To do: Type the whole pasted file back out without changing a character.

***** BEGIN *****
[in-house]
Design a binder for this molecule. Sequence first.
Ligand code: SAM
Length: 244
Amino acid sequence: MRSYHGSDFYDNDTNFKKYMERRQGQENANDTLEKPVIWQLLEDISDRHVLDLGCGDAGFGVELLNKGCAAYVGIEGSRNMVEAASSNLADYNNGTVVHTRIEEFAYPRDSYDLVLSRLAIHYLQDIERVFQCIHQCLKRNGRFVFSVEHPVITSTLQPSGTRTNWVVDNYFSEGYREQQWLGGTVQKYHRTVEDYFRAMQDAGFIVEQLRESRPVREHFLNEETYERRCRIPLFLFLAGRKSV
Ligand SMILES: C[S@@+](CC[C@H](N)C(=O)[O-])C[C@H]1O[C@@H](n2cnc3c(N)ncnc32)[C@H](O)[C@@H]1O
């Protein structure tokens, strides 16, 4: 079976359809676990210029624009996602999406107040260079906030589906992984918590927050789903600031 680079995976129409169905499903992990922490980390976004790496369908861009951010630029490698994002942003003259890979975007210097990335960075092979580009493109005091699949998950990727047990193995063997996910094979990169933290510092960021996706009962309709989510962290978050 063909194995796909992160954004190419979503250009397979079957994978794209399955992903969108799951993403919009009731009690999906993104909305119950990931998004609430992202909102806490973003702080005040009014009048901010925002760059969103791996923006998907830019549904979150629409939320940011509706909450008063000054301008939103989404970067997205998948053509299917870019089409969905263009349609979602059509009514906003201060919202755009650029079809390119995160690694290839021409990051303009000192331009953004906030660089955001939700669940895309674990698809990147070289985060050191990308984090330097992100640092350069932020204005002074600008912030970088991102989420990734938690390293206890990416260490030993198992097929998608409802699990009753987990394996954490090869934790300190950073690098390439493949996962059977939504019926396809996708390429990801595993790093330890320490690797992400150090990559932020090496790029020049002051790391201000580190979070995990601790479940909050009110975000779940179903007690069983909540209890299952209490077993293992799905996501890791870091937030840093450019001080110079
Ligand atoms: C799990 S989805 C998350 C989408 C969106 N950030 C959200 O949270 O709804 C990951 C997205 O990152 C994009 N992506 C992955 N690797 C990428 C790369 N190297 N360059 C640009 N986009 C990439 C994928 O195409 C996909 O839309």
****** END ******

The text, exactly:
[in-house]
Design a binder for this molecule. Sequence first.
Ligand code: SAM
Length: 244
Amino acid sequence: MRSYHGSDFYDNDTNFKKYMERRQGQENANDTLEKPVIWQLLEDISDRHVLDLGCGDAGFGVELLNKGCAAYVGIEGSRNMVEAASSNLADYNNGTVVHTRIEEFAYPRDSYDLVLSRLAIHYLQDIERVFQCIHQCLKRNGRFVFSVEHPVITSTLQPSGTRTNWVVDNYFSEGYREQQWLGGTVQKYHRTVEDYFRAMQDAGFIVEQLRESRPVREHFLNEETYERRCRIPLFLFLAGRKSV
Ligand SMILES: C[S@@+](CC[C@H](N)C(=O)[O-])C[C@H]1O[C@@H](n2cnc3c(N)ncnc32)[C@H](O)[C@@H]1O
């Protein structure tokens, strides 16, 4: 079976359809676990210029624009996602999406107040260079906030589906992984918590927050789903600031 680079995976129409169905499903992990922490980390976004790496369908861009951010630029490698994002942003003259890979975007210097990335960075092979580009493109005091699949998950990727047990193995063997996910094979990169933290510092960021996706009962309709989510962290978050 063909194995796909992160954004190419979503250009397979079957994978794209399955992903969108799951993403919009009731009690999906993104909305119950990931998004609430992202909102806490973003702080005040009014009048901010925002760059969103791996923006998907830019549904979150629409939320940011509706909450008063000054301008939103989404970067997205998948053509299917870019089409969905263009349609979602059509009514906003201060919202755009650029079809390119995160690694290839021409990051303009000192331009953004906030660089955001939700669940895309674990698809990147070289985060050191990308984090330097992100640092350069932020204005002074600008912030970088991102989420990734938690390293206890990416260490030993198992097929998608409802699990009753987990394996954490090869934790300190950073690098390439493949996962059977939504019926396809996708390429990801595993790093330890320490690797992400150090990559932020090496790029020049002051790391201000580190979070995990601790479940909050009110975000779940179903007690069983909540209890299952209490077993293992799905996501890791870091937030840093450019001080110079
Ligand atoms: C799990 S989805 C998350 C989408 C969106 N950030 C959200 O949270 O709804 C990951 C997205 O990152 C994009 N992506 C992955 N690797 C990428 C790369 N190297 N360059 C640009 N986009 C990439 C994928 O195409 C996909 O839309």